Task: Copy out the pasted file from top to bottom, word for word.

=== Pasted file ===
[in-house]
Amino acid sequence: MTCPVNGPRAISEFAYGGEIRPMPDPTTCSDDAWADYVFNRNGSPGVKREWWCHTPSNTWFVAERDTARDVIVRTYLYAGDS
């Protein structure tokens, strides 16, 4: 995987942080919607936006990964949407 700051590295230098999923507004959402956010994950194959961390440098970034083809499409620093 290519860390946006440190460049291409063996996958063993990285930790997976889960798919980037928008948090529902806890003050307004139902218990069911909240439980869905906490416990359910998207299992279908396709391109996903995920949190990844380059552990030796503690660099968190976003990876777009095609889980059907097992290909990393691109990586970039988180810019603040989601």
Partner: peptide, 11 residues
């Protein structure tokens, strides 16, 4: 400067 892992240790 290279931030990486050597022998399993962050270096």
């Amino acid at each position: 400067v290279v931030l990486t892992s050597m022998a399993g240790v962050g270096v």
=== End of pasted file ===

[in-house]
Amino acid sequence: MTCPVNGPRAISEFAYGGEIRPMPDPTTCSDDAWADYVFNRNGSPGVKREWWCHTPSNTWFVAERDTARDVIVRTYLYAGDS
């Protein structure tokens, strides 16, 4: 995987942080919607936006990964949407 700051590295230098999923507004959402956010994950194959961390440098970034083809499409620093 290519860390946006440190460049291409063996996958063993990285930790997976889960798919980037928008948090529902806890003050307004139902218990069911909240439980869905906490416990359910998207299992279908396709391109996903995920949190990844380059552990030796503690660099968190976003990876777009095609889980059907097992290909990393691109990586970039988180810019603040989601």
Partner: peptide, 11 residues
């Protein structure tokens, strides 16, 4: 400067 892992240790 290279931030990486050597022998399993962050270096």
């Amino acid at each position: 400067v290279v931030l990486t892992s050597m022998a399993g240790v962050g270096v």